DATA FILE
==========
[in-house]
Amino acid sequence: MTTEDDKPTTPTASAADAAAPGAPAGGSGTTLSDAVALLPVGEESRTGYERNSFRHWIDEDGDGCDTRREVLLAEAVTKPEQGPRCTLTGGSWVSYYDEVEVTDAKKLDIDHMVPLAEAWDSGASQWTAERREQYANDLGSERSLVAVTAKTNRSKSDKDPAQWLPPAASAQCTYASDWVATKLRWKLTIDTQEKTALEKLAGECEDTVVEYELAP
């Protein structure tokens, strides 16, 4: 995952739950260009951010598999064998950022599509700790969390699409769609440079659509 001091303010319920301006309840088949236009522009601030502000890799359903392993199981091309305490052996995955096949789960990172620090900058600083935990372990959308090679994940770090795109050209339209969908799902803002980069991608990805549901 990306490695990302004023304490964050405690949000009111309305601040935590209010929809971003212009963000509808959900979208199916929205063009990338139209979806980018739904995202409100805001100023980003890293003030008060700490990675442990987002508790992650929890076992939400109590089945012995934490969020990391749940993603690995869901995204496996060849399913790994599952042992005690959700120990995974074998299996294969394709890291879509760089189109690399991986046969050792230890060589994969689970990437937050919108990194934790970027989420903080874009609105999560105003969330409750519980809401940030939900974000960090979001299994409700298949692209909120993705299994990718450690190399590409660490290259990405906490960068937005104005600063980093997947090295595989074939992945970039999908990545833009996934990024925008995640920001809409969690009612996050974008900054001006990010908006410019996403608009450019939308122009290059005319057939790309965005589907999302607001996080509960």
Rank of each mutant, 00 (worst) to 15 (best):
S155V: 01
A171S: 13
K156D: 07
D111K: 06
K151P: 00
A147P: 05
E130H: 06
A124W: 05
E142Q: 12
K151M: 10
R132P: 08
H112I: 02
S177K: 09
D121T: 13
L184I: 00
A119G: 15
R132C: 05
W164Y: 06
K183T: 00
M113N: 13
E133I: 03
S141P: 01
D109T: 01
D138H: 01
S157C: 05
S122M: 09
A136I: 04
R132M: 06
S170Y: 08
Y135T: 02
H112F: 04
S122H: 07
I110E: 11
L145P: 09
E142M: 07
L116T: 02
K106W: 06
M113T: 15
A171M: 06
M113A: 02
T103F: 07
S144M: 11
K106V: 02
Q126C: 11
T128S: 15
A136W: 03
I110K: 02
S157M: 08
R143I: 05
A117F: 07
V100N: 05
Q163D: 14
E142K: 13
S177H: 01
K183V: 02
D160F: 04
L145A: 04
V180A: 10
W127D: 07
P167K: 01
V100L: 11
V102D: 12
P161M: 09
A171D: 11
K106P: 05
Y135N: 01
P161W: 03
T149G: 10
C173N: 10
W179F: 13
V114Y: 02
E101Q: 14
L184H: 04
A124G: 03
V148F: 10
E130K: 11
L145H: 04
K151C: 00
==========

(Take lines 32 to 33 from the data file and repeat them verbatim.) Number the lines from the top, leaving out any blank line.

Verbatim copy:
R132M: 06
S170Y: 08